White Paper Title: 
Tidal-scale variations in plumes and their implications for estimating vent-scale heat fluxes

The patterns of bending and variations in entrainment rates observed over a 24 hour time series of acoustic images of the plume rising from the north tower of Grotto Vent, which was reported in Rona et al. (2006), suggest a strong influence of the tidal cycle on plumes but also significant complexity. This complexity comes in several ways: 1) The bending of the plumes is stronger in the southern direction. 2) The timing of the bending of the plumes does not seem to be in phase with the tidal cycle. 3) The relationship of plume strength, plume bending and entrainment rate is not entirely consistent.

While more data is needed to verify the above interpretation (see Rona's white paper on acquiring data), the context and implications for the behavior of the rising plume merits consideration: Grotto Vent, like many of the vents on the Endeavour segment of the Juan de Fuca Ridge, is a large (10+ m tall) mound, which has many places discharging very hot fluids, including black smokers, flanges, beehives, and white smokers as well as diffuse fluids emanating from every surface. Furthermore, Grotto Vent is actually 2 separate mounds in close proximity: the taller but narrower north tower, which has the strongest black smokers based on backscatter intensity in acoustic images, and shorter but wider and roughly peanut shaped south mound, which seems to mostly diffuse flow with a few black smokers. The direction of bending may influence which sources merge into the main plume(s), which would change the rise rate and the impact of the tidal currents on entrainment and bending leading to the observed complexity.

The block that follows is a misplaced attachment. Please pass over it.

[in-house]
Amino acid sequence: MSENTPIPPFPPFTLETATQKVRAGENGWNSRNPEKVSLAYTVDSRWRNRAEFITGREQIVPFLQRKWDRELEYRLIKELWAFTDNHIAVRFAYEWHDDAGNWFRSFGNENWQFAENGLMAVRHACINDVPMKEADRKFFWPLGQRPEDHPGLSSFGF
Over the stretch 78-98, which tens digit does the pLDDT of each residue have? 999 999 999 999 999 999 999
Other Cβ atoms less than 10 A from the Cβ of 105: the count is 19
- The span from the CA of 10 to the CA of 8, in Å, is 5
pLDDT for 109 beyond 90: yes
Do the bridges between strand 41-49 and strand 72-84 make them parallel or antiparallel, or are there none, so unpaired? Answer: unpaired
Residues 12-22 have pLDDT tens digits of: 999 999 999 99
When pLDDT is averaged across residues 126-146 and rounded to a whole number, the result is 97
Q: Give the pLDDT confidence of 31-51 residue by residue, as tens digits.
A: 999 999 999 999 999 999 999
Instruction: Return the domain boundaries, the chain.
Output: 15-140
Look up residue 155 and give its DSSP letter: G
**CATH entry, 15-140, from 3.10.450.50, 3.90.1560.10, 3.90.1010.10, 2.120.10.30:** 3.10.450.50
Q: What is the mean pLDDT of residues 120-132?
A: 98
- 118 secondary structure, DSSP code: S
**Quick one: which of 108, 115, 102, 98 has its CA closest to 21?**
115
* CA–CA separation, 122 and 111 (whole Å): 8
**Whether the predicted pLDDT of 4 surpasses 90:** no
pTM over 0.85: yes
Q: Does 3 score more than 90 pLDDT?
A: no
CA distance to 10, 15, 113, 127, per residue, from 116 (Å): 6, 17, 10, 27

In contrast, on the EPR, there are single plumes discharging from isolated black smokers, or at least that's what many discussions imply. In the only acoustic imaging data taken on the EPR (Rona et al., 1991; Bemis et al., 2002), we saw what started as two very separate black smoker plumes (4m separation at base) merge at 18 mab. So even here, relationships between source, tide and plume are complex.

An effective conceptual model relating the behavior of the rising plume to its source(s) needs to account for a) the size of the area that contributes heat to plume, b) the multiplicity of heat sources, c) the non-linear addition of momentum when plumes merge (which results in an increase in the rise rate greater than might be anticipated), and d) the response of the plume to changes in tidal current speed and direction.

I propose a new conceptual model: First, the vent or mound is a diffuser plate (a grate with flow and heat supplied more or less uniformly from below), where it is anticipated that heat comes from an area rather than a point source. Second, when multiple mounds are sufficiently nearby each other, their plumes will interact when tidal currents bring them in close proximity but not necessarily otherwise. Thus interactions are variable over time as well as space. Neither of these aspects makes the calculation of heat flux for a vent field easier -- more data is needed to judge variability in time and to account for interactions. Everything we've learned within the scope of Ridge 2000 suggests that our models and methods of heat flux estimation are too simplistic (see B Lavelle's comments and animation on the R2K 2010 Community meeting wiki site).

The integration of other data and observations should help turn this qualitative model into a quantitative model. And in any case, it should provide a context or stimulus for discussion of how to integrate data and models that aim to estimate heat and chemical fluxes. The merging affects may also have implications for models of how event plumes form.